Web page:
Max, a man in his 70s who was the court jester of the gay community, lived with his mom on Calle 66. He and I were friends. One day he came to my house and announced that he was in love with a woman! He really was. They got married at Santa Lucia church. The rest of the gay male community was outraged and some of them attended the wedding wearing leather pants with the butt cut out. Sorry to have missed that.
One of my all-time favorite characters was Richard, a tall skinny American from Detroit. A self-confessed drug runner, he flitted in and out of town for years. When he wanted to lay low, he managed after-hour gambling clubs in downtown Detroit. He was in San Cristobal managing a bar when Marcos and his jolly band walked in, and he helped them sack a pharmacy. Richard liked to go to Havana for short stays and “hole up in a hotel with two or three women and all the coke I could use.” He came back refreshed. Later on, he skippered a boat that went up and down the east coast of the US and down into Central America, presumably running drugs. That was the peaceful era of drug trade. His boat was called A Further Adventure.
A mysterious man named William sporadically occupied two rooms on the top floor of the Caribe. He looked like a wild man and lived in a Maya village near Tulum. He spoke fluent Maya and spent much time drinking booze out of paper-bag covered bottles, poolside on the third floor of the hotel, usually with several employees. Before I bought my house, the third floor of the Caribe was my home too, so William and I had a pleasant nodding acquaintance.
My friend Louis reminds me, and of course he’s right, that there were constructive northamericans here even before the dissolute folks arrived. JoAnne Andrews, founder of Pronatura Yucatan, came here in the 60s with her husband Will Andrews, the archaeologist who worked on Dzibilchaltun. JoAnne developed a solid expertise in the plants of the area, and became prominent in her own right. Their lovely old home occupies an entire city block and is a nature refuge. Their home was and continues to be a mecca for intellectuals from all over the world.
Sarah S., a gentle grey-haired woman from New York, settled alone in Chixulub Puerto, for some reason. At that time, she was probably the only foreigner there. Struck by the poverty of the villagers, she taught a bunch of women how to make cloth dolls, which they sold in the market. And she did it without learning a word of Spanish. People absolutely adored Sarah. Me included.
The English-speaking International Women’s Club has always done constructive things for the community (and does even more so now). As more balanced people started to come here, most of the women joined the club, which was very helpful for them in orienting themselves. The IWC continues to sponsor selected local girls for university scholarships, teach English and volunteer in schools and orphanages.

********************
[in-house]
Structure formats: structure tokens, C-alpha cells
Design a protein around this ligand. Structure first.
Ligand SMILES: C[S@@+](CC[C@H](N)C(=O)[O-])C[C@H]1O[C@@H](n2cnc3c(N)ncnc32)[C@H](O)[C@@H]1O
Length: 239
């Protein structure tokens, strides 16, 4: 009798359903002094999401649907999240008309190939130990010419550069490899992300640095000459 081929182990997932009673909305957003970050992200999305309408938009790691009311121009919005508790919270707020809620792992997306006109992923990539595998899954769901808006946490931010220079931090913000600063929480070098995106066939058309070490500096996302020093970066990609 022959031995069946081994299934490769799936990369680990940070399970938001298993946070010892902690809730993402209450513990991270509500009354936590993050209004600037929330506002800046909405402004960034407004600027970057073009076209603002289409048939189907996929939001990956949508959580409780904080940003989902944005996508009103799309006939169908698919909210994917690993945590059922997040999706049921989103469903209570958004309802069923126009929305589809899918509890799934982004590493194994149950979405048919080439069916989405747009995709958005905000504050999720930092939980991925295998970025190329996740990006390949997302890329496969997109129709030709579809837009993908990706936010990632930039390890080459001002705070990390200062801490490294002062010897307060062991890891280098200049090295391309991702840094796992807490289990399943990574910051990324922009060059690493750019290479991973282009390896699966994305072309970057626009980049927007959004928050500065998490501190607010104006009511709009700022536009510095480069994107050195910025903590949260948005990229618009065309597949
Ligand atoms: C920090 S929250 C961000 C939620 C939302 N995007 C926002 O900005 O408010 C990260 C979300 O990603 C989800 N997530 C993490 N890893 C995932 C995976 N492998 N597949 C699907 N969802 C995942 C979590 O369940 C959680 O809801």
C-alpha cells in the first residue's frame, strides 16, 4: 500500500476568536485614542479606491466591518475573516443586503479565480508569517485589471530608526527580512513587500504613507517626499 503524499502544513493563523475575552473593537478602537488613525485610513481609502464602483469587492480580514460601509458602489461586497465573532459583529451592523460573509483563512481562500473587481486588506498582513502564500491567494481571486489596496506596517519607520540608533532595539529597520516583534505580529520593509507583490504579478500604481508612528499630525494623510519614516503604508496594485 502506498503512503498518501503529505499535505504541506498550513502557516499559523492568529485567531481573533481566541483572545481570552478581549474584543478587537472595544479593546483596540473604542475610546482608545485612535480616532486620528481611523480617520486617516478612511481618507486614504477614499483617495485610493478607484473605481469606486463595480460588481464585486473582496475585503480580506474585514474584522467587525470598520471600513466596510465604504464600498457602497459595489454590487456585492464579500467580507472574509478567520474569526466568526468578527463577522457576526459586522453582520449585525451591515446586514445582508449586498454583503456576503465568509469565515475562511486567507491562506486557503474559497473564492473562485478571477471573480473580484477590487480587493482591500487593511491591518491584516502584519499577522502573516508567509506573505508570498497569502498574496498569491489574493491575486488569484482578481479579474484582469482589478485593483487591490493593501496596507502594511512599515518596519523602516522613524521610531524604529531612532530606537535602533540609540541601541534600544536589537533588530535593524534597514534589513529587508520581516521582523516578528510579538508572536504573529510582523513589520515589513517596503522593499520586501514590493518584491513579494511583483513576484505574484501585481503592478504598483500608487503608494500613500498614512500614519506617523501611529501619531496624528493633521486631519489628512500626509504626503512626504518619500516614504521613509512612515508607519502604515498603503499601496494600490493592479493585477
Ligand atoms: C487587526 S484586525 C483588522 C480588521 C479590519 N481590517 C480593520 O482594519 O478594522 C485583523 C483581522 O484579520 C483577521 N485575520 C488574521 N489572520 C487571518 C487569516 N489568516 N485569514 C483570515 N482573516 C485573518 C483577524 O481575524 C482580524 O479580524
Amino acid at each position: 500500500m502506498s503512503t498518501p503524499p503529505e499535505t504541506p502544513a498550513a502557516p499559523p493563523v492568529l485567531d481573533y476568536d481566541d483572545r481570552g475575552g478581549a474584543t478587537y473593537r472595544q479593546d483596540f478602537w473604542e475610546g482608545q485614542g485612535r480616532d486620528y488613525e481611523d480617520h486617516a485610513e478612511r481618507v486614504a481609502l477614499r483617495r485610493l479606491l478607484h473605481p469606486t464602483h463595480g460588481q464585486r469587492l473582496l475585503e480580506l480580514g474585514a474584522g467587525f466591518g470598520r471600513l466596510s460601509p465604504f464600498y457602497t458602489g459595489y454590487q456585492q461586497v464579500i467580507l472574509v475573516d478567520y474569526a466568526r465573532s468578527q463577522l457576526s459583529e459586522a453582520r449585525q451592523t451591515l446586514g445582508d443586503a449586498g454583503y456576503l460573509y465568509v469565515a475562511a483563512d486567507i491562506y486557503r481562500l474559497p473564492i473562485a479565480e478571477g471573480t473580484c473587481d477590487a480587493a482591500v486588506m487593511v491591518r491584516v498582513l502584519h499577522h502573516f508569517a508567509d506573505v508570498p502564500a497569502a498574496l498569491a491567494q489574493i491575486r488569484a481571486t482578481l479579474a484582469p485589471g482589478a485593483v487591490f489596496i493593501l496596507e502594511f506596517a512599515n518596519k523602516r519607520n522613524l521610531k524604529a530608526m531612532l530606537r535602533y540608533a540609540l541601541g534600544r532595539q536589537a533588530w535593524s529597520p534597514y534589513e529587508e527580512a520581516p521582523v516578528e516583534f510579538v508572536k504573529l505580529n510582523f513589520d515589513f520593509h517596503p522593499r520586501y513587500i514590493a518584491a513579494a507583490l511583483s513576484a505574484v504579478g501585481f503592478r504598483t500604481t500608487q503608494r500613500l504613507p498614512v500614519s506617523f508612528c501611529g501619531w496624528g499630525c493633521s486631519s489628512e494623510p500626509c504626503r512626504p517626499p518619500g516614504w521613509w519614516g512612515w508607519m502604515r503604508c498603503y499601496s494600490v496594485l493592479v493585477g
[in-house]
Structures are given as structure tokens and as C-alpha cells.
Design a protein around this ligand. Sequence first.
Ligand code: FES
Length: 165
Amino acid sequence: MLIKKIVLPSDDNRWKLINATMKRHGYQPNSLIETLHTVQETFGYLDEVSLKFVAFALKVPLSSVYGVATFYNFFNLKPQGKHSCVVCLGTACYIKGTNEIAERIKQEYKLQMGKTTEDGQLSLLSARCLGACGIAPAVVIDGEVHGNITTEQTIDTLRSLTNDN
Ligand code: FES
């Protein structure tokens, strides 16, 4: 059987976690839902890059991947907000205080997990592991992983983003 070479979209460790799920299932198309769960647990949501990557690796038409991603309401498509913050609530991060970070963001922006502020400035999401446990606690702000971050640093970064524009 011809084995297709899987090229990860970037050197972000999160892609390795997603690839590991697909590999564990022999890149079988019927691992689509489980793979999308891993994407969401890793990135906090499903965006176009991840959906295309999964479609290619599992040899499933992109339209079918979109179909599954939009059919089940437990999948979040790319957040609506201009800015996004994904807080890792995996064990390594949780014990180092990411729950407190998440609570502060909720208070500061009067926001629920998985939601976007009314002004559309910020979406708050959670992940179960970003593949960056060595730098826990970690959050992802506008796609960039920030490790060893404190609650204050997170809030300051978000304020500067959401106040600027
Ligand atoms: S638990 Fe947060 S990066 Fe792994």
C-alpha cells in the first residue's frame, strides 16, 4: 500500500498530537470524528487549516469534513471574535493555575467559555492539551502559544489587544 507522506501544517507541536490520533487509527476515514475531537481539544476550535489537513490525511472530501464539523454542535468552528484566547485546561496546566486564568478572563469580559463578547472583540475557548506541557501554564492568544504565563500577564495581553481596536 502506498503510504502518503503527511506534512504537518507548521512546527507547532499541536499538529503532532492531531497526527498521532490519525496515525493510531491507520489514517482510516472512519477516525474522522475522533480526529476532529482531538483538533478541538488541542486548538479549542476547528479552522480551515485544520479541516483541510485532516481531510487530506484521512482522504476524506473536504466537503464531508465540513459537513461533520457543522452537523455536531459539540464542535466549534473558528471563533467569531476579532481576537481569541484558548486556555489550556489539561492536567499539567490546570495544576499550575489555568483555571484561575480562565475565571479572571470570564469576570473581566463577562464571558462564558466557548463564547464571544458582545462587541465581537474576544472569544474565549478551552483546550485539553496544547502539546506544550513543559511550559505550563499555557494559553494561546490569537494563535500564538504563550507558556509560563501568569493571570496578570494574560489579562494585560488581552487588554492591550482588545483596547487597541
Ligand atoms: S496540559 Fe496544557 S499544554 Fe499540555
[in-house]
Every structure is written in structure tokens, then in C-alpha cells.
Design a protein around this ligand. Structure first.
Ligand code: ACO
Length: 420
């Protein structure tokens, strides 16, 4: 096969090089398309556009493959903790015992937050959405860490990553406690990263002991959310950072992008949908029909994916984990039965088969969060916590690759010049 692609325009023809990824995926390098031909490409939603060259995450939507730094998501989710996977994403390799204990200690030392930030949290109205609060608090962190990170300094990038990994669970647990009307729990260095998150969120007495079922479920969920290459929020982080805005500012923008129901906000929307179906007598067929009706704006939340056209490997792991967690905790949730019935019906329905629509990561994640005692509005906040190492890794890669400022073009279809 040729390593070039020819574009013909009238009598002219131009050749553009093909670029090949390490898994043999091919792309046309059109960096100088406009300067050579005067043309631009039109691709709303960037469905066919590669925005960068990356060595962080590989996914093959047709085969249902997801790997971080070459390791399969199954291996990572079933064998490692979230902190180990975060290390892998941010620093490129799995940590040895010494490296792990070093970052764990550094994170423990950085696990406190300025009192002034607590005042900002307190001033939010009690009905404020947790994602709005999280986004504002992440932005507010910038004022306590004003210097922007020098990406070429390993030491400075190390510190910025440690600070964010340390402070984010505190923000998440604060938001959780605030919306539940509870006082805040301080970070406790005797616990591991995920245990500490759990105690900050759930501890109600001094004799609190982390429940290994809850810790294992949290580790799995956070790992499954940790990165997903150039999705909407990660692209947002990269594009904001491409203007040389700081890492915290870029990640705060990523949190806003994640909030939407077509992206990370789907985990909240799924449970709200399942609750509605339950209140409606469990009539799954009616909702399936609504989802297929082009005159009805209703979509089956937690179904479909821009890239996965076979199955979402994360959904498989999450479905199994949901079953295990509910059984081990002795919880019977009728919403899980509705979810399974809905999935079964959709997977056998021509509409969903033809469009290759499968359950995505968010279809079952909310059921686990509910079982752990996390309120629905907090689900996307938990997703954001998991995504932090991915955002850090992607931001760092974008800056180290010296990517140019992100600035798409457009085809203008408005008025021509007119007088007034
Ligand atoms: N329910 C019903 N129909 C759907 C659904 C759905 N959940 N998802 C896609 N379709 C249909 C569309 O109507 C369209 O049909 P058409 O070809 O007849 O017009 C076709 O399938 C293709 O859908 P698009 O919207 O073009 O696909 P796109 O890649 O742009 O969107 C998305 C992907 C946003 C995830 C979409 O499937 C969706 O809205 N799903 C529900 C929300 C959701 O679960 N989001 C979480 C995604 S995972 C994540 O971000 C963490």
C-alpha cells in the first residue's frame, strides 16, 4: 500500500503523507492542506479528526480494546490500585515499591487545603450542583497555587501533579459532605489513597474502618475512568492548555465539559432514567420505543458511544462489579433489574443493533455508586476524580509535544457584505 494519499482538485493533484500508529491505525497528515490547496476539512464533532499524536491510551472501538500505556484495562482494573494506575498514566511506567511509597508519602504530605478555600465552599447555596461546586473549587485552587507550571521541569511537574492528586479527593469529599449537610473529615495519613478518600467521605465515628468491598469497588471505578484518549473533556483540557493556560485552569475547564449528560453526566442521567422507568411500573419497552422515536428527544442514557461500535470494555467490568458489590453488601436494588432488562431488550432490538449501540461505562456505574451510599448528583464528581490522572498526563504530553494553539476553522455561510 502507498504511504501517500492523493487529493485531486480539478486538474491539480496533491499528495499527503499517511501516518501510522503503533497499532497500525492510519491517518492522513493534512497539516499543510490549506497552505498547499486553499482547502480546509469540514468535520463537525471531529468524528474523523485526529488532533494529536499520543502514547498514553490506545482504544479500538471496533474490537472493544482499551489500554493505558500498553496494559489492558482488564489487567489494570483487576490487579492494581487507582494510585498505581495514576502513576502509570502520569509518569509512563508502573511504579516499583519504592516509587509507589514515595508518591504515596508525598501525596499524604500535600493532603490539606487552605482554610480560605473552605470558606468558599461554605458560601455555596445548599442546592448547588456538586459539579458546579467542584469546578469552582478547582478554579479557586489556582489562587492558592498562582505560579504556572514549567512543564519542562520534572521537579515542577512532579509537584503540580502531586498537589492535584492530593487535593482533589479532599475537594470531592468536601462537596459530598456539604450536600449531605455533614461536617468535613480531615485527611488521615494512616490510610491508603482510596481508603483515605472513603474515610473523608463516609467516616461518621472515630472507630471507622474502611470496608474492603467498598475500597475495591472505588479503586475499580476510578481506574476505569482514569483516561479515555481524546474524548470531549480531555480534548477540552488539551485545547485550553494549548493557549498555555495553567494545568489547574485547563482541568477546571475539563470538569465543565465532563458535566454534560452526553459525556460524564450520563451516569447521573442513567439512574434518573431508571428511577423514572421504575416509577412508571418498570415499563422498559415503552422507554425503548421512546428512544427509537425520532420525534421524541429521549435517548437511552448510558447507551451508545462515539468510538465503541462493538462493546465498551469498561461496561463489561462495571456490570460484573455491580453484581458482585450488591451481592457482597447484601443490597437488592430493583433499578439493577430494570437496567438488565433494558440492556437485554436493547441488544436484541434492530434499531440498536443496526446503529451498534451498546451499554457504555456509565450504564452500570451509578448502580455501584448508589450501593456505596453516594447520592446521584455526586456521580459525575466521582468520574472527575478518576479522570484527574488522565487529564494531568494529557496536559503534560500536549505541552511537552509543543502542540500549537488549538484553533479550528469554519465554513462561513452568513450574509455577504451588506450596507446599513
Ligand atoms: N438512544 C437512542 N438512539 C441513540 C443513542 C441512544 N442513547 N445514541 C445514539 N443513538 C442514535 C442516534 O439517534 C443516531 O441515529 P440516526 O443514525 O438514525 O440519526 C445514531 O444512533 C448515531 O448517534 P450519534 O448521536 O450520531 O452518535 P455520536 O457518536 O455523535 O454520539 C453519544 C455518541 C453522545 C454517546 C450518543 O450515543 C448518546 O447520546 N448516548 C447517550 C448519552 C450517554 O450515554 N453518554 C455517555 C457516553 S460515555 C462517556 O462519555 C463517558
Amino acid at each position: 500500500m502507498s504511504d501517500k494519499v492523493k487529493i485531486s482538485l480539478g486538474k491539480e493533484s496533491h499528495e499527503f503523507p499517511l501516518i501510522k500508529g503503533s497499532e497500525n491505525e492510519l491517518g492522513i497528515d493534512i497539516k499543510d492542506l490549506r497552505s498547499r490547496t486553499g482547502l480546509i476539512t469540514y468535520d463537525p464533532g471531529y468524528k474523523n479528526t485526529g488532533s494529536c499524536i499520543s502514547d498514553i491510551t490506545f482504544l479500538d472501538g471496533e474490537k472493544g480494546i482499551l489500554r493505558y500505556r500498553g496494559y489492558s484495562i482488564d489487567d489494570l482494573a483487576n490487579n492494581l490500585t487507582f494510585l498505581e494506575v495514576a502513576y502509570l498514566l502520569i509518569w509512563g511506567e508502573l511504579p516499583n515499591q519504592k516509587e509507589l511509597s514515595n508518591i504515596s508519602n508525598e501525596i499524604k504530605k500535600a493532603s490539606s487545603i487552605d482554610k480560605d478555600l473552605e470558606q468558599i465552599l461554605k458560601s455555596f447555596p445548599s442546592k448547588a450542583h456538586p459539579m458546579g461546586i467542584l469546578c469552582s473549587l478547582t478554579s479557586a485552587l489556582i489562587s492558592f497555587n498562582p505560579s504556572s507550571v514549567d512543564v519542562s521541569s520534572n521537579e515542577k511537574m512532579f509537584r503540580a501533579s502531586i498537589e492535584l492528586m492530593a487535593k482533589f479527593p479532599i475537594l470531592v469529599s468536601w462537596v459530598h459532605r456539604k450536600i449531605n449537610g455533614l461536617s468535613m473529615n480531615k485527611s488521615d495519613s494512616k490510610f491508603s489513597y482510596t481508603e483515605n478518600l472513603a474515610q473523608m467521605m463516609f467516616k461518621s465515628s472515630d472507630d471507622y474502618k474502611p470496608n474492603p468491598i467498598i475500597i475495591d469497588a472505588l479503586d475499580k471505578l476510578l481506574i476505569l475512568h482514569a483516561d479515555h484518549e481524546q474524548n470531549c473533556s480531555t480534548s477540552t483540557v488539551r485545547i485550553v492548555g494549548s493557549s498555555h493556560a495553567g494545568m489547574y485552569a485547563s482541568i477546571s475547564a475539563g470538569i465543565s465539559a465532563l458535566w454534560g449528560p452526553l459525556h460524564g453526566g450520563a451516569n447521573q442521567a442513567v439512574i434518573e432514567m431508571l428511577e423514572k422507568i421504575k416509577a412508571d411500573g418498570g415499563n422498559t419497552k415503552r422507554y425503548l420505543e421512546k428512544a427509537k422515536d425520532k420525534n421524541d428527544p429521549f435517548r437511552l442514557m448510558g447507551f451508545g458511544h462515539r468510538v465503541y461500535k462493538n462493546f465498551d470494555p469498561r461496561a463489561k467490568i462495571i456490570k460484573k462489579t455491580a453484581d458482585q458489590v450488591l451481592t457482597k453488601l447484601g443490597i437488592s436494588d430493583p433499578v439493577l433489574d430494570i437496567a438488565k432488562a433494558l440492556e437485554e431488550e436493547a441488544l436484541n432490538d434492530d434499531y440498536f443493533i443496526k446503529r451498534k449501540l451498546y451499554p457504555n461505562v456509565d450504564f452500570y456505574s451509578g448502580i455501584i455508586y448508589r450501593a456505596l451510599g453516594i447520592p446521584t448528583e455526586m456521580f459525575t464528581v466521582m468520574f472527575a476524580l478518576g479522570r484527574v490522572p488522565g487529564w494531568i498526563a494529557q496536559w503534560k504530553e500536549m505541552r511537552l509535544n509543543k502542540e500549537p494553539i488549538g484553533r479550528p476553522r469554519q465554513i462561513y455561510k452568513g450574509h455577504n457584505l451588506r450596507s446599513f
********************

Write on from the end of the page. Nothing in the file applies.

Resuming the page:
There were probably other cool people here back then, but in the 80s I didn’t know them. We Centro dwellers were limited by our lack of language skills and the tiny group that comprised our society. Poor, poor us.
Things started to change around 1990. Some of us had sobered up and some reasonable people began moving here. We started to see people who actually contributed to Merida, rather than leaching off of it. Adventurers, artists, the intellectually curious, and people with something to offer the local communities started to trickle in. It was the beginning of the revitalization of the Centro and of the northamerican image.
Sadly, the 1990s also brought more organized setups for pedophilia. The internet brought many travelers here, responding to direct solicitations and ads such as “Rent-A-Boy” on Merida websites. As of now, authorities are seriously investigating offendors.
Also in the 90s, Brazos Abiertos was formed. Their primary purpose of this foreigner-run organization, as written on their IRS filing was to support the OASIS AIDS shelter near Merida. More recently, this has resulted in a scandal. BA was a Texas-incoporated non-profit that raised thousands of dollars here, but the money did not reach OASIS, nor was it used to open a clinic, as promised. OASIS, run by a Catholic priest, received a pittance from BA and the clinic never happened at all. BA held grand, glittery fundraising events without benefit of proper permission to act as a non-profit here and when Mexican agencies began questioning the two prinicpals, they bolted, leaving the Yucateco doctor they had hired high and dry. The money is unaccounted for.
Overall, things have definately evolved. Apparently there are 5,000 foreigners living in this beautiful, cultured city of almost a million. Most of us are law abiding and constructive and some aren’t, just like like anyone and anywhere else.
All my photos from that era were taken with film cameras. Lastima.
In memory of the fabulous and outrageous Gina Pappalardo. A good friend and a good soul.
These are my personal memories and not necessarily representative of anything else. Many of these people and places are chronicled in my book, Madrugada, which I will publish online soon.